Quick question about striking lavender.

I’ve taken some cuttings from a lavender in the front yard that was sticking through the front fence. What’s the best way to make sure they take? I want at least one in the back yard to attract bees.

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6 Responses to Quick question about striking lavender.

  1. fifi says:

    I always struck lavender by taking a cutting from the woody part of the stem, and creating a diagonal cut with a sharp scalpel. I often used “ROOTING POWDER” (which is a very handy substance I would think) and left then in damp potting mix for a bit. If it is the type with the bigger leaves, I trim most of the leaves off and cut the leaves themselves back.. I also sometimes nip the sprouting end off and just leave small leaves. this makes the cutting throw out roots rather than support its leaves. They take very easily, all my lavenders were from the same plant and I had about 8.
    who’d have thought I’d have a gardening tip?!

  2. libby says:

    make sure there are no leaves in the water as they will rot and make the water stink. I have gotten nice little roots from cuttings before in water, but i honestly cant remember if lavender was one of them. there seems to be advice on the water method and the dipping in rooting powder and then into sterile soil…. ive not bothered with either of them, i just shove them into a pot of soil LOL. good luck!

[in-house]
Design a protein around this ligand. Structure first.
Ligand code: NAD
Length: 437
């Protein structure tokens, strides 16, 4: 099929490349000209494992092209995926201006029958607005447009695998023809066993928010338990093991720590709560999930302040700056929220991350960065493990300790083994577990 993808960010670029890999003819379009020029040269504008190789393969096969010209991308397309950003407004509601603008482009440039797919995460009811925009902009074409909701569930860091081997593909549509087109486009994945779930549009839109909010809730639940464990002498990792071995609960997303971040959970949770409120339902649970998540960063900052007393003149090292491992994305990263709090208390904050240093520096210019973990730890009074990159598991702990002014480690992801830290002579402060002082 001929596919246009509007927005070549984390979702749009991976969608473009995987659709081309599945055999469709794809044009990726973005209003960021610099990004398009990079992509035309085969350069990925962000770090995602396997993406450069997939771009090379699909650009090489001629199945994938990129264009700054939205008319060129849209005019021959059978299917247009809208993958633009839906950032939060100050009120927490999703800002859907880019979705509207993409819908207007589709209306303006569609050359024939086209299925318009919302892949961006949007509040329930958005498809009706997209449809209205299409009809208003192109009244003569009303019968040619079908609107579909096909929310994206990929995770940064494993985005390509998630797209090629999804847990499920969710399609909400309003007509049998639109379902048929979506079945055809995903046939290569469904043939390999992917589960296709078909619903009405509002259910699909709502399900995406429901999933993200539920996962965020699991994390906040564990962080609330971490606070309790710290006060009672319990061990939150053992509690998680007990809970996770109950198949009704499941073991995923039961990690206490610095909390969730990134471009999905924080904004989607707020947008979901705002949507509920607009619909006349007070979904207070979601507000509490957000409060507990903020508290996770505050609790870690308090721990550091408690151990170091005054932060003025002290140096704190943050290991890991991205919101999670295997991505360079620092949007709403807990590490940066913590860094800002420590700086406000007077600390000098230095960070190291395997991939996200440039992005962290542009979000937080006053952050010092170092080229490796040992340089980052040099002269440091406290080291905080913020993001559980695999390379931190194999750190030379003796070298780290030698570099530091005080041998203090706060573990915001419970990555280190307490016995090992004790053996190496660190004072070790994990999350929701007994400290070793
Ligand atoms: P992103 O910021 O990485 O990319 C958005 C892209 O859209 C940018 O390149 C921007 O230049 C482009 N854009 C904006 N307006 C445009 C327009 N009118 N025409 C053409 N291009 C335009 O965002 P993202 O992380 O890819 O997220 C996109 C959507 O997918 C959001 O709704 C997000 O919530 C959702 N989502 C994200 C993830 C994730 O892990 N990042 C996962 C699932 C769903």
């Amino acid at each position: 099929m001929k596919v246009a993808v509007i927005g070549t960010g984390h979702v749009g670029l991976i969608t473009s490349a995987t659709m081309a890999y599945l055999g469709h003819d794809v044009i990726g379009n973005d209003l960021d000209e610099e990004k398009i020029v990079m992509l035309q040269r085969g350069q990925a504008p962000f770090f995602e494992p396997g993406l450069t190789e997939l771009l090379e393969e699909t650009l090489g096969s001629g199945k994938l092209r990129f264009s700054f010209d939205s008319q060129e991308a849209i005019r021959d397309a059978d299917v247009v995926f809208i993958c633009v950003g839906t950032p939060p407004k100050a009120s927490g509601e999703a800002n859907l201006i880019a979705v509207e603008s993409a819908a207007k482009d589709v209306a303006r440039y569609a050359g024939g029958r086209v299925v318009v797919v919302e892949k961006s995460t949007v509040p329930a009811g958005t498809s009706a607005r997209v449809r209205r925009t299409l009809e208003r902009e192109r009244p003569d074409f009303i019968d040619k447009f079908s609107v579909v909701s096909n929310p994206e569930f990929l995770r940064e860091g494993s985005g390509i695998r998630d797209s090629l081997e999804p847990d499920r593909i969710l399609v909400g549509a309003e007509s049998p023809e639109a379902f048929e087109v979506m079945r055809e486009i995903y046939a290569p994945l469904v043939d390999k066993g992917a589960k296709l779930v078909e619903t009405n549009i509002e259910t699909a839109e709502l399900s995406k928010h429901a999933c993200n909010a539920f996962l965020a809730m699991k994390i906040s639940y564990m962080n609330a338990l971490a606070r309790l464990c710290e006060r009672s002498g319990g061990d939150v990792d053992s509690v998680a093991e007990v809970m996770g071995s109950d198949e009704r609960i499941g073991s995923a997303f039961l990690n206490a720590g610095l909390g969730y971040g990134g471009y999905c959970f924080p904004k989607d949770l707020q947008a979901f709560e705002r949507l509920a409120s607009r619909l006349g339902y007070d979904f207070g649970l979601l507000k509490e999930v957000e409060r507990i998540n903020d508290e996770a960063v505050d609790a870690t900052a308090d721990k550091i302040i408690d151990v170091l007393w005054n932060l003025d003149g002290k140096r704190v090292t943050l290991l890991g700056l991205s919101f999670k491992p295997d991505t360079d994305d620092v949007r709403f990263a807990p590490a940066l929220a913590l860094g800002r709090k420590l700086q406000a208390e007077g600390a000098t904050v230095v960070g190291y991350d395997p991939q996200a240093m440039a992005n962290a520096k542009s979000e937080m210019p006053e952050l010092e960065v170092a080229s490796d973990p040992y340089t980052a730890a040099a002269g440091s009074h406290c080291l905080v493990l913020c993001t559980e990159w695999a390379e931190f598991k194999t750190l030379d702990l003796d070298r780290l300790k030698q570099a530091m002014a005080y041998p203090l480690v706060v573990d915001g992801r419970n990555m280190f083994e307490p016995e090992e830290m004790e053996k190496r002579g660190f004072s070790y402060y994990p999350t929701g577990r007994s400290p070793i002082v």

3. Ellen says:

    The school sent me on an RHS school garden day-course a couple of years ago where they showed us how to take lavender/rosemary cuttings.

    First fill small pots with a mixture of compost sand and grit. Then break off fresh new shoots without flower buds about 8cm long and remove the lower leaves, just leaving a few at the top. Dip the base into hormone rooting powder and plant straight into the pots. Give them a little water and place a small plastic bag over the whole pot to make a little greenhouse environment for them. Once the weather is warm enough and you feel they are doing ok remove the plastic bags and wish them the best of luck. Good luck.

  4. Elizabeth says:

    Rootex, and sandy soil.

  5. Bev says:

    Basically, what Ellen said is pretty good. Instead of a plastic bag, cut the bottom off a plastic drink bottle and use the top as a greenhouse…easier to handle than a plastic bag which can keep leaves wet with condensation and cause rotting if it touches them.

    Use a shallow pot so you can see when roots come through the bottom.

  6. river says:

    All of the above methods should work. I’ve never bothered with plastic bags or drink bottles as “mini greenhouses”. Everything I try like that just rots. With lavenders I take a cutting with a woody base but not too thick, cut off all the leaves and the tip. That way I can see more easily if new leaves grow. Put them in a sunny spot, keep damp but not wet, let them dry occasionally. Lavenders are tough. Pretty much any method you try will succeed.

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